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Egypt Moves Closer to Signing a New Loan Program with IMF

October 15, 2022
Photo: Mohamed Abd El Ghany / REUTERS

Egypt and the International Monetary Fund (IMF) have resolved major policy issues and will meet again on Saturday to finalize the loan – where IMF provides financing to member countries – programme, IMF Managing Director Kristalina Georgieva said.

The two sides are still in the process of determining the Egyptian exchange rate policies, as the IMF previously said in a statement in March that Egypt should pursue continued exchange rate flexibility to absorb external shocks and safeguard financial buffers.

In July, the IMF said that Egypt needed to make “decisive progress” on fiscal and structural reform to foster private sector development and reduce the role of the state.

Egypt’s Minister of Finance, Mohamed Maait, noted that the government is on track to make the Egyptian pound exchange rate more flexible if necessary, and that the surge of the US dollar is putting pressure on all world currencies.

Egypt is ​​expecting a 15 percent increase in spending and a 14.5 percent rise in deficit, according to the 2022-2023 budget that has been approved by the parliament this year. Goldman Sachs Group Inc. estimates Egypt may need to secure a USD 15 billion (EGP 286 billion) package from the IMF to meet its funding requirements over the next three years.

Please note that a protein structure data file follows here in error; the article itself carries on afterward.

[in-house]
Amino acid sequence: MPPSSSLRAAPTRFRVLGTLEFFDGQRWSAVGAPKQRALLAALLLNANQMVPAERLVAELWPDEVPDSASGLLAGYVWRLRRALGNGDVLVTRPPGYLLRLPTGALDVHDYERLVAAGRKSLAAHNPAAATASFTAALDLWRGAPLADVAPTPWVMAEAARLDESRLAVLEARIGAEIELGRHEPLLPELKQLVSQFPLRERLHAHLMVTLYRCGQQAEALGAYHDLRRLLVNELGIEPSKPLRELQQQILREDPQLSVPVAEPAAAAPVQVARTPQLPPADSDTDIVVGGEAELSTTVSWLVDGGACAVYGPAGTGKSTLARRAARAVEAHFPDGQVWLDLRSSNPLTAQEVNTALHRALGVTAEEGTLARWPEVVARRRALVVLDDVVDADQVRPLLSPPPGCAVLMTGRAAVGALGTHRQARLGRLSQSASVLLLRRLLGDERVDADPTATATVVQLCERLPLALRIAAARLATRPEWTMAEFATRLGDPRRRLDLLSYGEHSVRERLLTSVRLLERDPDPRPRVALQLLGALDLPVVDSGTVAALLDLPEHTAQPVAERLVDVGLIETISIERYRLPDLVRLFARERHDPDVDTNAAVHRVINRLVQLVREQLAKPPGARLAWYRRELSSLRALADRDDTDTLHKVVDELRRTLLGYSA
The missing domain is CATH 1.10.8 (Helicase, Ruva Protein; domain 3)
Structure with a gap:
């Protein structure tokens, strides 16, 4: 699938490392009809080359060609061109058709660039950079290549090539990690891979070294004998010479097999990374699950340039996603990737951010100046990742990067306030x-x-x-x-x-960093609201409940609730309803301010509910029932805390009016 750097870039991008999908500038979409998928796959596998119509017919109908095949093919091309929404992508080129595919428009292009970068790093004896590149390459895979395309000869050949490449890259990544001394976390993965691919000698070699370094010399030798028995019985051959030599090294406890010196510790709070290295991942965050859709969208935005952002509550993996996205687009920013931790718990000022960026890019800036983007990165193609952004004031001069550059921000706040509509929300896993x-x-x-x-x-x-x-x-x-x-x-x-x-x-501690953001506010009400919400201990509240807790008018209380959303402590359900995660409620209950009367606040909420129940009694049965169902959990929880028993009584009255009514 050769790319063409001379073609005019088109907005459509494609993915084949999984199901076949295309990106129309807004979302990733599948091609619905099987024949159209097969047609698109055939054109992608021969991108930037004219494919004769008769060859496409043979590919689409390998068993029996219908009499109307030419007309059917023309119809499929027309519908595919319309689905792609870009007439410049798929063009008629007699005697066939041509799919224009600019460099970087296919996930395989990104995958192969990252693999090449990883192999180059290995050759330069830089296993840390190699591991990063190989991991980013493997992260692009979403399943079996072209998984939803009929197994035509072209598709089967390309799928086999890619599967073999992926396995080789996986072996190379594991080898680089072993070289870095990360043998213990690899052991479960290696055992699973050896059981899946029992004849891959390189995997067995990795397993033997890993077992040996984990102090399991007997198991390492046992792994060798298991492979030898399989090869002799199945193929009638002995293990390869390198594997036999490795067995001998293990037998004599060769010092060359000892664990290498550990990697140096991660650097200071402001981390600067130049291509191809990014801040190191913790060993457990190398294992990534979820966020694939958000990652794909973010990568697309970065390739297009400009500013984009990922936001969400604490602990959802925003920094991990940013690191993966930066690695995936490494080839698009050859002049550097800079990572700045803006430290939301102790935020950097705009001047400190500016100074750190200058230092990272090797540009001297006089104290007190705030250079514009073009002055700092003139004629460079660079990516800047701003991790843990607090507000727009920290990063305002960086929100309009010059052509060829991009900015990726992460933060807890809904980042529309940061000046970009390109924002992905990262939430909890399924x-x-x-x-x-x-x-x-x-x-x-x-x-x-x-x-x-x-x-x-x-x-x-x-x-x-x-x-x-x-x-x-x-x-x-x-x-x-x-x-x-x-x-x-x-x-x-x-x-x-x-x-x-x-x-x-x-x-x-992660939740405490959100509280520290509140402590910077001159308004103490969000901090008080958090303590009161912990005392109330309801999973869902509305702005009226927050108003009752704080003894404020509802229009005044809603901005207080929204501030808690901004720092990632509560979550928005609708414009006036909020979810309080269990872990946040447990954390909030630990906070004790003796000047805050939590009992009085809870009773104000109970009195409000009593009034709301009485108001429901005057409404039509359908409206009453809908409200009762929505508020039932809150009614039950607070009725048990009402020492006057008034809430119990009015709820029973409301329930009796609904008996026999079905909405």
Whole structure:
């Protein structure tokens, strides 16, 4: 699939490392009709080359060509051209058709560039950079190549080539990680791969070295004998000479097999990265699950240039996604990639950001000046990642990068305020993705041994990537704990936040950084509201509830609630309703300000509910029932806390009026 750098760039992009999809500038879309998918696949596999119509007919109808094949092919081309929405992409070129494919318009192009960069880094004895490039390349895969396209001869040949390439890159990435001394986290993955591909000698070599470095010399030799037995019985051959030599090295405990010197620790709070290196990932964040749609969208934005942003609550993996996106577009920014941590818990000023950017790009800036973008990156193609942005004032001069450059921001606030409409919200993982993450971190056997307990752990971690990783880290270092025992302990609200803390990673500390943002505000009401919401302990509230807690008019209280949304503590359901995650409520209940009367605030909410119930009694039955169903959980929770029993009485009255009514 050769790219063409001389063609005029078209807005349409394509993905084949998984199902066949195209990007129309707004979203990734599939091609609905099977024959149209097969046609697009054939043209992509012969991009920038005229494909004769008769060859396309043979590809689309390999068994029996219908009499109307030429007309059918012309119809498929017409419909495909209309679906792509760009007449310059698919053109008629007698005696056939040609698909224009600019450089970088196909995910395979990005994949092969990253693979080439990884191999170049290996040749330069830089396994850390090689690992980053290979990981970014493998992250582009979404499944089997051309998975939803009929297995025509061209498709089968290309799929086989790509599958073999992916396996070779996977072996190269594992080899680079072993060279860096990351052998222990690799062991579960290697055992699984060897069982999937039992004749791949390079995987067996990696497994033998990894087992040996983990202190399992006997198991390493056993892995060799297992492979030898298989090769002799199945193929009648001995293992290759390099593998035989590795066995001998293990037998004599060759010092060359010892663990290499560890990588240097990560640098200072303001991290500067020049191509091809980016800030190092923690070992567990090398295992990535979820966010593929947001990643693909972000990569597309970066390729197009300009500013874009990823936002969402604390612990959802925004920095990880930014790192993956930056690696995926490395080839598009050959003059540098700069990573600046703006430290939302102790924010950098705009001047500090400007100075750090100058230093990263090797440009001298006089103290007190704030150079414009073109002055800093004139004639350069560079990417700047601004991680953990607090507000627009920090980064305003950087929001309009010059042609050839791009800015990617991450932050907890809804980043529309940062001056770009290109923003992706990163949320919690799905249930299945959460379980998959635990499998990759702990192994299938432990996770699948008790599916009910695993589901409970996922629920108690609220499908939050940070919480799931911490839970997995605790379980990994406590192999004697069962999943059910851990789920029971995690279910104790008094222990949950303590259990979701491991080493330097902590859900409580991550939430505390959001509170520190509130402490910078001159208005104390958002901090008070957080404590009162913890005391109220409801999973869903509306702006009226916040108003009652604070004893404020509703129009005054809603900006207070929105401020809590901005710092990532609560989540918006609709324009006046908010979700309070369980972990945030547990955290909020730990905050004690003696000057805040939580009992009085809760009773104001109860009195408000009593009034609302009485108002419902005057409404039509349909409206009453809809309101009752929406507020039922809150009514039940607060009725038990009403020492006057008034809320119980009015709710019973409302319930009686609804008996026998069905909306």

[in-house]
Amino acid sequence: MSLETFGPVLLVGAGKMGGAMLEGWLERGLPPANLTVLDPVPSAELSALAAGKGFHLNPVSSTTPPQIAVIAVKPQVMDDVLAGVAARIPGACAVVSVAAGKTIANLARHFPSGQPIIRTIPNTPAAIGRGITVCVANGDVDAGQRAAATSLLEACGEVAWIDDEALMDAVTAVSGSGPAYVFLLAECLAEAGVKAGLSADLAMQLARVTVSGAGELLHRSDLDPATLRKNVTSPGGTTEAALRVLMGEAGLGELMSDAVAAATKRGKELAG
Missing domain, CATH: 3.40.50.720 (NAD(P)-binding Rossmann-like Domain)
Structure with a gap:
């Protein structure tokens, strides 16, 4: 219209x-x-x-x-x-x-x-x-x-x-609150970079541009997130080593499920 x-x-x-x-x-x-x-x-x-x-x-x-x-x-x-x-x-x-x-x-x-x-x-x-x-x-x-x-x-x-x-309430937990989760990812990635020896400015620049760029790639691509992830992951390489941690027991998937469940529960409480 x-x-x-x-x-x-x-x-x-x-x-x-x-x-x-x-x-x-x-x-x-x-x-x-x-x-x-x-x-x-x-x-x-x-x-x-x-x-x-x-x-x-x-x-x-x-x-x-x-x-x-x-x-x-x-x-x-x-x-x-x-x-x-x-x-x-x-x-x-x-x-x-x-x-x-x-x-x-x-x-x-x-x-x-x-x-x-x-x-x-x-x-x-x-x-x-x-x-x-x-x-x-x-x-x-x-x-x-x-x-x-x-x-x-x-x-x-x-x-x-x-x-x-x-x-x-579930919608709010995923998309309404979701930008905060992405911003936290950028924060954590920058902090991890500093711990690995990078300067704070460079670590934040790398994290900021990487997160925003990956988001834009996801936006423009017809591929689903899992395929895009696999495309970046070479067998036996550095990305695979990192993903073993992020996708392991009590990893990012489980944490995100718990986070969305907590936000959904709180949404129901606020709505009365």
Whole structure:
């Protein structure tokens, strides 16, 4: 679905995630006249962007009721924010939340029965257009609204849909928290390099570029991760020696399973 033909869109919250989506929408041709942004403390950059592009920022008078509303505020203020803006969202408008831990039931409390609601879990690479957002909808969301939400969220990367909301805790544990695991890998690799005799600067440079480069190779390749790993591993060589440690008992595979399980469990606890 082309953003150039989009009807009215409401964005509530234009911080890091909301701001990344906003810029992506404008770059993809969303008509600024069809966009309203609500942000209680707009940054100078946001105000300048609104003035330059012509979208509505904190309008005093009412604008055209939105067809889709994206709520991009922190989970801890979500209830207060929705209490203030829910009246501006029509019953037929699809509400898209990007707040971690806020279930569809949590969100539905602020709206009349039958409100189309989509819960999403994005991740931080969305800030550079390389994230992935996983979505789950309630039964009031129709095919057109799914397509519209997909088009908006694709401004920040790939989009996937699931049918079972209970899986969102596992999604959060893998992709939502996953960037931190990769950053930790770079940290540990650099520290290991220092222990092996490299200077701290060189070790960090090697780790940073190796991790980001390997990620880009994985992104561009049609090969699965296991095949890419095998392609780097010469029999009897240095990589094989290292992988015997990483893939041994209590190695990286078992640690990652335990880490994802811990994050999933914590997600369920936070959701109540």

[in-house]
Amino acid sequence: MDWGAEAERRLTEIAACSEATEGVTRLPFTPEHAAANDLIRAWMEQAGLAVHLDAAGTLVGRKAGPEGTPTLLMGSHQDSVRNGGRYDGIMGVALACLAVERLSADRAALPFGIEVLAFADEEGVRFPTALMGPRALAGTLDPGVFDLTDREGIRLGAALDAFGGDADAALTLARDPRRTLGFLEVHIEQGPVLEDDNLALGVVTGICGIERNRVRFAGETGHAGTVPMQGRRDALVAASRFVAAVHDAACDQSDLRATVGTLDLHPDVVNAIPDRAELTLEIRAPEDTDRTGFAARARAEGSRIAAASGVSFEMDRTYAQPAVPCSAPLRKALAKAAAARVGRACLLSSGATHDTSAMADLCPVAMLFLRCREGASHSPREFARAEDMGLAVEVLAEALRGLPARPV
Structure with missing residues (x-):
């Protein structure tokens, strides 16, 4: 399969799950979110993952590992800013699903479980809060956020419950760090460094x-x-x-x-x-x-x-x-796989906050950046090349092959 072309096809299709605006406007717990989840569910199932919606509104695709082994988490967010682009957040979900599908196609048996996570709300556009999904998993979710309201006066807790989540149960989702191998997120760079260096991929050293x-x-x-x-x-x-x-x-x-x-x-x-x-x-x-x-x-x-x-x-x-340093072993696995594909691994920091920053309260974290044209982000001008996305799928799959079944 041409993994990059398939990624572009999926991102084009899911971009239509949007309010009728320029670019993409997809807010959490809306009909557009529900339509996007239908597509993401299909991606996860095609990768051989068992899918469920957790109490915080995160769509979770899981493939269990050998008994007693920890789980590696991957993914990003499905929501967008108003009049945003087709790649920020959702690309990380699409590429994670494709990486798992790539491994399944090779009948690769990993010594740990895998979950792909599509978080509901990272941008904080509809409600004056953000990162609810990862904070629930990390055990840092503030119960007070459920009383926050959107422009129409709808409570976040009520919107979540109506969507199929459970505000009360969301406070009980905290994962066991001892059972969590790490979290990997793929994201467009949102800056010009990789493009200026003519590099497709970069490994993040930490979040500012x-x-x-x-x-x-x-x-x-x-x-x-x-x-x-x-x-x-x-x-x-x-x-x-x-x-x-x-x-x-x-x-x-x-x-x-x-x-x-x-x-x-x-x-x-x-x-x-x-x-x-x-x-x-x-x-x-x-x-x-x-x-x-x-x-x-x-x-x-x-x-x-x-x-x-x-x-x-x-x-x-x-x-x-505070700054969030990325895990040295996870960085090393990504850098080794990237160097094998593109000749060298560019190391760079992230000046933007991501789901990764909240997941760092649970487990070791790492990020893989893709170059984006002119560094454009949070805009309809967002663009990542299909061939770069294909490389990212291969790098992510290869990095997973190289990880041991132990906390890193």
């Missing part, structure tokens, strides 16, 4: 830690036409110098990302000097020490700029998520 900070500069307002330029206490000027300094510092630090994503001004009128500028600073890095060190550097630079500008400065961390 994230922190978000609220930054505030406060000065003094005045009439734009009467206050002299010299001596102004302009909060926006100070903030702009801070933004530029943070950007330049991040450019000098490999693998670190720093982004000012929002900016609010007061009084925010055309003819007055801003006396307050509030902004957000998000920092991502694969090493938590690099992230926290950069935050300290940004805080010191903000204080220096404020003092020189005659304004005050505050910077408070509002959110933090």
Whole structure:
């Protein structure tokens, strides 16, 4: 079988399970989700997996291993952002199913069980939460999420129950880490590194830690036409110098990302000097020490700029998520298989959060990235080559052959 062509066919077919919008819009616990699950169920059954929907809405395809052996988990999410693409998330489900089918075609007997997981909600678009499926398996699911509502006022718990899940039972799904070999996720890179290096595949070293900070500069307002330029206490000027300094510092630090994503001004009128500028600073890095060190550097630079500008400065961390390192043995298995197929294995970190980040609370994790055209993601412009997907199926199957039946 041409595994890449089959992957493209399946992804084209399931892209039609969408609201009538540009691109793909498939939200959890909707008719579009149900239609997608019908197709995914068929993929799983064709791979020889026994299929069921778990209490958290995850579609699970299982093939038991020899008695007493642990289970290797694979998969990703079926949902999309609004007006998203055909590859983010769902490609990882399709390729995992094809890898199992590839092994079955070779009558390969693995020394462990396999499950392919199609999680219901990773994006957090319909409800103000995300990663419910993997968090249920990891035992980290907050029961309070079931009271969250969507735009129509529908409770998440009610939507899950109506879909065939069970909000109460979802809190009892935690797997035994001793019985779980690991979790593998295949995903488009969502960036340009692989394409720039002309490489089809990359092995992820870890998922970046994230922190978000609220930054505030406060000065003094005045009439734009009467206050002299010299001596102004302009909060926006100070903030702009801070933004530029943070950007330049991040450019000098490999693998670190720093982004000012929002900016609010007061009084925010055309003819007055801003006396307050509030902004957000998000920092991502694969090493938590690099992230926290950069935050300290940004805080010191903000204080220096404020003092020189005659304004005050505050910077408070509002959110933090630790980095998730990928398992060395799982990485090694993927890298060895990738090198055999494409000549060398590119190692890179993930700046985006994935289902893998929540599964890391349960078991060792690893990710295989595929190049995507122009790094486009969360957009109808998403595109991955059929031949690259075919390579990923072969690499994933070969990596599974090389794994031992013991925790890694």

Egypt’s partnership with its Gulf allies has helped alleviate its funding crisis in light of the Ukraine conflict and the COVID-19 pandemic. In August, the Sovereign Fund of Egypt signed a draft agreement with Saudi Arabia’s Public Investment Fund to launch a new company – the Saudi Egyptian Investment Company – in Egypt to attract investments worth USD 10 billion (EGP 194 billion).

Over the past few years, global economic shocks have made it more difficult for ordinary Egyptians to manage their daily rising expenses, as the official poverty rate today stands at 29.7 percent, climbing from 27.8 percent in 2015.

The World Bank estimated in 2019 that 60 percent of the population lived below or near the poverty line, which implies that a majority of Egyptians are still economically vulnerable despite the implementation of IMF’s structural and economic policies.

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